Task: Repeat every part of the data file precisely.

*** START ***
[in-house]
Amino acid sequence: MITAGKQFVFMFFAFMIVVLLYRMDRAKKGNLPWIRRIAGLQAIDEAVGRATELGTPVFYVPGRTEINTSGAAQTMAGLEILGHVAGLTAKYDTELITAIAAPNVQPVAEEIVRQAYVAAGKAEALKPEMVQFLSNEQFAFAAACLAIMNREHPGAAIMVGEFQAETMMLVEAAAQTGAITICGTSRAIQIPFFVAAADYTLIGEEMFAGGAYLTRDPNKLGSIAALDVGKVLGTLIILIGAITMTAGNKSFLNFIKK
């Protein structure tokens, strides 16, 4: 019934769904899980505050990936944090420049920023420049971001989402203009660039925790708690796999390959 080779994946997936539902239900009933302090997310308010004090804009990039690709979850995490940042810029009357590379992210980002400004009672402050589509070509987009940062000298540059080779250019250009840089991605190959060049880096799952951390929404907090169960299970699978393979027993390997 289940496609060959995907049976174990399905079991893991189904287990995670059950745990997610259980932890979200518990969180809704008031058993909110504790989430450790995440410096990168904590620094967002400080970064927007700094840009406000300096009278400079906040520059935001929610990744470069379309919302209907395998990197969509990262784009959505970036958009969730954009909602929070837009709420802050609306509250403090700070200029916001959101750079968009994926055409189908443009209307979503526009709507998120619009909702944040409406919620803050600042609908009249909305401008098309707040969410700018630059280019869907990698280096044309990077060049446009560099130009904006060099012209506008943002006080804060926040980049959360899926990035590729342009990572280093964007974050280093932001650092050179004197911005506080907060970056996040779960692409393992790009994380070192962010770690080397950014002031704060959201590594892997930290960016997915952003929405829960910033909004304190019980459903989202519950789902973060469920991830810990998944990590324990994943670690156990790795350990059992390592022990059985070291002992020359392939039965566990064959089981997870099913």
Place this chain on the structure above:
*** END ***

[in-house]
Amino acid sequence: MITAGKQFVFMFFAFMIVVLLYRMDRAKKGNLPWIRRIAGLQAIDEAVGRATELGTPVFYVPGRTEINTSGAAQTMAGLEILGHVAGLTAKYDTELITAIAAPNVQPVAEEIVRQAYVAAGKAEALKPEMVQFLSNEQFAFAAACLAIMNREHPGAAIMVGEFQAETMMLVEAAAQTGAITICGTSRAIQIPFFVAAADYTLIGEEMFAGGAYLTRDPNKLGSIAALDVGKVLGTLIILIGAITMTAGNKSFLNFIKK
């Protein structure tokens, strides 16, 4: 019934769904899980505050990936944090420049920023420049971001989402203009660039925790708690796999390959 080779994946997936539902239900009933302090997310308010004090804009990039690709979850995490940042810029009357590379992210980002400004009672402050589509070509987009940062000298540059080779250019250009840089991605190959060049880096799952951390929404907090169960299970699978393979027993390997 289940496609060959995907049976174990399905079991893991189904287990995670059950745990997610259980932890979200518990969180809704008031058993909110504790989430450790995440410096990168904590620094967002400080970064927007700094840009406000300096009278400079906040520059935001929610990744470069379309919302209907395998990197969509990262784009959505970036958009969730954009909602929070837009709420802050609306509250403090700070200029916001959101750079968009994926055409189908443009209307979503526009709507998120619009909702944040409406919620803050600042609908009249909305401008098309707040969410700018630059280019869907990698280096044309990077060049446009560099130009904006060099012209506008943002006080804060926040980049959360899926990035590729342009990572280093964007974050280093932001650092050179004197911005506080907060970056996040779960692409393992790009994380070192962010770690080397950014002031704060959201590594892997930290960016997915952003929405829960910033909004304190019980459903989202519950789902973060469920991830810990998944990590324990994943670690156990790795350990059992390592022990059985070291002992020359392939039965566990064959089981997870099913």
Place this chain on the structure above: